Safety Last! (1923)

Posted in Dailies, Silent Film with tags , , on June 14, 2009 by leclisse

TCM had a line-up of Harold Lloyd films fairly recently, and I caught about 30 minutes of Girl Shy (1924) before having to head off to work that morning.  I had never seen a Harold Lloyd film before, but immediately I was intrigued.  Harold Lloyd was the most famous male comedian during the silent era, selling far more tickets than either Charlie Chaplin or Buster Keaton had managed to do.  Yet today it is Keaton and Chaplin who are remembered and revered, not Lloyd.  Part of this neglect no doubt has to do with the fact that Lloyd held on to copyright control of his films after retirement.  He refused to rerelease them to theaters because he did not want them to be accompanied by a pianist; theaters were just not equipped with organists anymore.  In addition to this preference, Lloyd charged $300,000 for a double showing of one of his films on television, which inevitably closed the door on his films for a large segment of the public.  Good thing most of his films are now remastered and available on DVD.

Davis and Lloyd in Safety Last! (1923)Safety Last! concerns a young man, Harold (Harold Lloyd), who goes to the big city in order to make enough money to marry his sweetheart, Mildred (Mildred Davis, Lloyd’s future wife).  Harold is unable to make a big break, however, and gives his all to a job as a floor clerk in a department store.  He faithfully writes to dear Mildred back home, but takes pains to create the impression that he is far more successful that his circumstances actually merit.  This charade is easy enough to maintain through the mail, but things get a bit more difficult when Mildred decides to take a trip to the city and visit Harold at work.  Harold is just barely able to keep his head above water when he pretends to order around his coworkers and occupy the boss’s office just long enough to satisfy Mildred’s curiosity.

Just as Harold begins to despair over the lack of money that Mildred will most certainly realize, he overhears the store manager trying to think up a gimick to get more customers in the store.  “I’ll give someone $1,000 to think of a way…” he remarks, which grabs Harold by the shirt collar.  He runs to hash out a plan with his roommate, who just happens to scale tall buildings for fun.  Harold offers to split the money if his roommate (Bill Strother) will agree to climb up the side of the department store to the roof.  He enthusiastically agrees, but the day of the stunt finds the two in some hot water.  It seems that Bill has gotten on the wrong side of the police officer who is heading crowd control at the site of the stunt.  He tells Harold that he’ll have to climb up a few floors himself, until he can lose the furious cop.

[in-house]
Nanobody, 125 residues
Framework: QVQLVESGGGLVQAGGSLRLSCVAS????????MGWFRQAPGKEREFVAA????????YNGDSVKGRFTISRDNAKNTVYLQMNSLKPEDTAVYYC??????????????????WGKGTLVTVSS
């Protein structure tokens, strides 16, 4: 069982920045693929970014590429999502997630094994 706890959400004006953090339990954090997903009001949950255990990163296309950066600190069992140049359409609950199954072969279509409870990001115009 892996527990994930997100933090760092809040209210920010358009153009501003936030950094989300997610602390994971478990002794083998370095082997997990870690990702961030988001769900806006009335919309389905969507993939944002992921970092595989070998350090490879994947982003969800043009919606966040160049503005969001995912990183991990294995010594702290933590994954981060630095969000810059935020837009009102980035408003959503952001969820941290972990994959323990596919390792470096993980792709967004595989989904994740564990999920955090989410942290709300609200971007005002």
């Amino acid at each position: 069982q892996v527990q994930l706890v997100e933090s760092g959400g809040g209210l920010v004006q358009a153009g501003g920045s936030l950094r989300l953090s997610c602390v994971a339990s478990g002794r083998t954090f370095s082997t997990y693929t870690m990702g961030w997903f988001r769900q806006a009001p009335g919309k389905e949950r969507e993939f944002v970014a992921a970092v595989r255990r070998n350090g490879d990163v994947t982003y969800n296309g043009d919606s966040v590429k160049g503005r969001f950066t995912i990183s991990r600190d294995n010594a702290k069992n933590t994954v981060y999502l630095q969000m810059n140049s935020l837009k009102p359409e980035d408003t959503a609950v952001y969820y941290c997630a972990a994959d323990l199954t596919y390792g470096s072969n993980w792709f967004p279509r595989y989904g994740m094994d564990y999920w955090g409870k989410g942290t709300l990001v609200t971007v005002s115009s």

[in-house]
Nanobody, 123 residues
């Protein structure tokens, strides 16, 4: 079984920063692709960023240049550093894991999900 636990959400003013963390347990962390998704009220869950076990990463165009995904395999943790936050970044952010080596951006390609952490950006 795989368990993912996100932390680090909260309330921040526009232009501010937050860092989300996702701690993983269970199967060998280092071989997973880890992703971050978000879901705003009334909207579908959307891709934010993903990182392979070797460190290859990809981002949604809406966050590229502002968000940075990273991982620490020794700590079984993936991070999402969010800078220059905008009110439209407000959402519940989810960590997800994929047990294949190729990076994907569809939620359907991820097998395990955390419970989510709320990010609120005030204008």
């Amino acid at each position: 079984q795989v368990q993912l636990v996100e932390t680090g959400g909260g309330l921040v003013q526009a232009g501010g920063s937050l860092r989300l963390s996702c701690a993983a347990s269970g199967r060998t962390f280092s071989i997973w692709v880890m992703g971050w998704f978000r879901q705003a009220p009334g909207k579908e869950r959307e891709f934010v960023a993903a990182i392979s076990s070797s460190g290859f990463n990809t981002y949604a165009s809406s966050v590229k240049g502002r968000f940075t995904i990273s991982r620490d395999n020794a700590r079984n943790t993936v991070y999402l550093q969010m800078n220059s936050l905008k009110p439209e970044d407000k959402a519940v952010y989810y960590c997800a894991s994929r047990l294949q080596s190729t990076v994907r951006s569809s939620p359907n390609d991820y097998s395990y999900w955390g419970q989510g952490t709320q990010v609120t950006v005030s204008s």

Theatrical poster for Safety Last! (1923)What follows is one of the most famous sequences in silent film.  The clocktower sequence had me so nervous that my palms were actually sweating.  Apparently, the wall that Harold is climbing was actually built on the roof of a skyscraper, and then photographed so as to maintain the illusion of perilous height.  Whatever the authenticity of Lloyd’s stuntwork, each floor is a grueling ordeal.  He must deal with a flock of pigeons, a snarling dog, his own vertigo, and slippery step after slippery step.  The physicality of Lloyd’s comedy lends itself spectacularly to this scene, and his athleticism is astonishing.  I’m not much for slapstick, but Loyd is able to transcend the crudeness of completely physical comedy and meld it into a more subtle product, much as Buster Keaton does so splendidly in his own films.  The final result will keep me coming back for more.